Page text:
Perils of Debating 'Etch A Sketch' Romney

Was Barack Obama caught off guard at the first debate when his opponent made a shift toward the center?

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(The Root) -- President Barack Obama got the switch from Mitt Romney, who, until their encounter at last night's debate, had baited his hook as a conservative during 23 primary debates with GOP opponents campaigning to his right and under the swoon of the Tea Party.

Working mightily during the primary to obscure his moderate record as the 70th governor of Massachusetts, Romney several times touted the line, "I've spent my entire career in the private sector."  

Debating the moderate president he seeks to replace, however, Gov. Romney boldly discussed his lone public-sector job. And while GOP opponents had driven him into defilade by bringing up his "mandated health care" in Massachusetts, President Obama found him aggressive on the subject -- expansive, even.

"The best course for health care is to do what we did in my state," Romney volunteered. "Craft a plan at the state level that fits the needs of the state ... then focus on getting the costs down for people." Hesitant all night in engaging his opponent, Obama reminded us that his Affordable Care Act -- which, if elected, Romney promises to dismantle -- is essentially the one Romney had just bragged about.    

"The irony is that we've seen ['Obamacare'] work really well in Massachusetts, because Governor Romney did a good thing, working with Democrats in the state to set up what is essentially the identical model, and as a consequence people are covered there. It hasn't destroyed jobs. And as a consequence, we now have a system in which we have the opportunity to start bringing down costs, as opposed to just leaving millions of people out in the cold," the president said.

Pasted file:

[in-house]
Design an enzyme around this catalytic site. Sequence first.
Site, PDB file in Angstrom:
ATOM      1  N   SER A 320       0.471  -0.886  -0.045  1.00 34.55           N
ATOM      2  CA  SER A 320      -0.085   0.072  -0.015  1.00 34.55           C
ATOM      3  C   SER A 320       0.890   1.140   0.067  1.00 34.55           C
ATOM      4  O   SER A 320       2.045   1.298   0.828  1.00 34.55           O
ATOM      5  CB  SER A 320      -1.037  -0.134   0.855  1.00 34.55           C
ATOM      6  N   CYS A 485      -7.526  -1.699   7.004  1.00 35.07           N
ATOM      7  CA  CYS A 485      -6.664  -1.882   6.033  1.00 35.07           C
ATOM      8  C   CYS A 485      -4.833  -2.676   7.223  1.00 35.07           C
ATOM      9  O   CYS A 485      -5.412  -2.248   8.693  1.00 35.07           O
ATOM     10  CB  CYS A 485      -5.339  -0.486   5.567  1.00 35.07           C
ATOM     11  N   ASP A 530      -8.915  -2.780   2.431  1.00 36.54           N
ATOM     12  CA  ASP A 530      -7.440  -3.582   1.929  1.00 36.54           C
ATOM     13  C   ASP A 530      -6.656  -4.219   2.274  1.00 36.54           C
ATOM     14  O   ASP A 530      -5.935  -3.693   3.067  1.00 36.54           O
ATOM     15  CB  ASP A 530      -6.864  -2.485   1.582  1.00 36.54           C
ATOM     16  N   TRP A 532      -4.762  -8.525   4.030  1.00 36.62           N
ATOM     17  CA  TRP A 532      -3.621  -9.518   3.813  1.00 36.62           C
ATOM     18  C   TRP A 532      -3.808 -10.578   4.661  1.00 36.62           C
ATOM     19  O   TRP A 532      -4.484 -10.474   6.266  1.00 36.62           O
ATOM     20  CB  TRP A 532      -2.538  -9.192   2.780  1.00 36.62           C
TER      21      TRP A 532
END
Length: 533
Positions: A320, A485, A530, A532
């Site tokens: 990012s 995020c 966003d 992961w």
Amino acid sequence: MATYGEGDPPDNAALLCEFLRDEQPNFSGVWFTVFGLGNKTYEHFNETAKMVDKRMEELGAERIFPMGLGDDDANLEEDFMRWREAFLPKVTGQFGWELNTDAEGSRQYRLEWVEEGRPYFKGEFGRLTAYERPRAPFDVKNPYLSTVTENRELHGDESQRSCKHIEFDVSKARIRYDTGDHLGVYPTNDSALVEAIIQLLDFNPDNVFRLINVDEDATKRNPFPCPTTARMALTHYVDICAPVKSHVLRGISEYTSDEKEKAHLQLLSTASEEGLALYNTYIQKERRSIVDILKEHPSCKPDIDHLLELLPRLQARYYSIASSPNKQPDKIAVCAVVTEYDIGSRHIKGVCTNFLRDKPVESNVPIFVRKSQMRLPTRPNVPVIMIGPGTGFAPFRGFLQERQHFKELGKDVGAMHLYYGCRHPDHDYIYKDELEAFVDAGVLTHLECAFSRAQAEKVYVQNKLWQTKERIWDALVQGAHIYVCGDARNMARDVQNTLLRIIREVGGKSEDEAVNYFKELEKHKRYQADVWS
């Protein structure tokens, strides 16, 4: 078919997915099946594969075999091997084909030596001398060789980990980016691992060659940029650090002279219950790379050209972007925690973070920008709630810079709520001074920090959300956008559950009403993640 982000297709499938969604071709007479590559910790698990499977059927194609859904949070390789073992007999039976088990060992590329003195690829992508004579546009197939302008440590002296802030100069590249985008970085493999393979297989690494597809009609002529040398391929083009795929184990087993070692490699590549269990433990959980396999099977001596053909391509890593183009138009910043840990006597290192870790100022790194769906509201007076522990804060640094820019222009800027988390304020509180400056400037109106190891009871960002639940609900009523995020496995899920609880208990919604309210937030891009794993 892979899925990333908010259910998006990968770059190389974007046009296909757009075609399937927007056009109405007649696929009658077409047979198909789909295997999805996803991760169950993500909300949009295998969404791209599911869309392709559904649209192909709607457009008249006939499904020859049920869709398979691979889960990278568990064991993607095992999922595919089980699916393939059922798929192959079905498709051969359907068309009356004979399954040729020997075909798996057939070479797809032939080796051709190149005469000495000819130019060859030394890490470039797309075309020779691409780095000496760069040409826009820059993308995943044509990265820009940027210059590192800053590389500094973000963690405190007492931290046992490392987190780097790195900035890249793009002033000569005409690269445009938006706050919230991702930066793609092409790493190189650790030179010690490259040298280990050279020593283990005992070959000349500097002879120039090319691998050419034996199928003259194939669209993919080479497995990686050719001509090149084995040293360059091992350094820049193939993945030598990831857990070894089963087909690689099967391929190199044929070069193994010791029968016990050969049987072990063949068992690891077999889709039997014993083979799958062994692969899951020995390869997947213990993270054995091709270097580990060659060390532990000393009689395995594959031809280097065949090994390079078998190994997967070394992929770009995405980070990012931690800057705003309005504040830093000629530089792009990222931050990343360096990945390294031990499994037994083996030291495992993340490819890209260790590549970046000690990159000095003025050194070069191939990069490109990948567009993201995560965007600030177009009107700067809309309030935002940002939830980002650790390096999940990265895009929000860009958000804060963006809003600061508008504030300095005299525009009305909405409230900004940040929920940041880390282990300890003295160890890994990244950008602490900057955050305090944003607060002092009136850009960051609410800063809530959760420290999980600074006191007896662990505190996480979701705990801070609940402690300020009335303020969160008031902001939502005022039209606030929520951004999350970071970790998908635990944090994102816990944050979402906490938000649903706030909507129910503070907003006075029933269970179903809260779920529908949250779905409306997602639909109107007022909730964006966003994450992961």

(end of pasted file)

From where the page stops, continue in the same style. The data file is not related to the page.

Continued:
"I like the way we did it in Massachusetts," Romney boasted, in a manner that he didn't dare risk in the presence, say, of Newt Gingrich during the GOP primaries.

After quibbling about a federal health care board and the president's inability to get Republicans' support, Romney then cherry-picked two nonconservative aspects of "Obamacare" that he would preserve: retention of adult offspring on their parents' insurance policies and coverage for pre-existing conditions -- both key aspects of Obama's plan.

What unfolded before our very eyes onstage at Denver's Magness Arena last night was a retrofitted Mitt Romney freed of all but the carry-on baggage of the hard-eyed, Tea Party-dominated Republican Party. He held to shuttering PBS and giving Big Bird a pink slip: "I'm gonna stop the subsidy to PBS," he told moderator Jim Lehrer -- of PBS. "I like Big Bird. I actually like you, too," he added, offering a glimpse of the Bain Capital executive who "likes being able to fire people."  

However, unlike the Republican he portrayed in the primaries, Romney swung uncharacteristically straight at Wall Street. "Regulation is essential," he said in terms that might rattle his running mate, Rep. Paul Ryan (D-Wis.), and the Tea Party. "You can't have a free market work if you don't have regulations." 

This bait and switch performance was signaled in March by Romney's key strategist Eric Fehrnstrom when CNN asked whether his candidate's hard-core conservative positions taken during the primary would hurt him with moderates in the campaign against Obama.  

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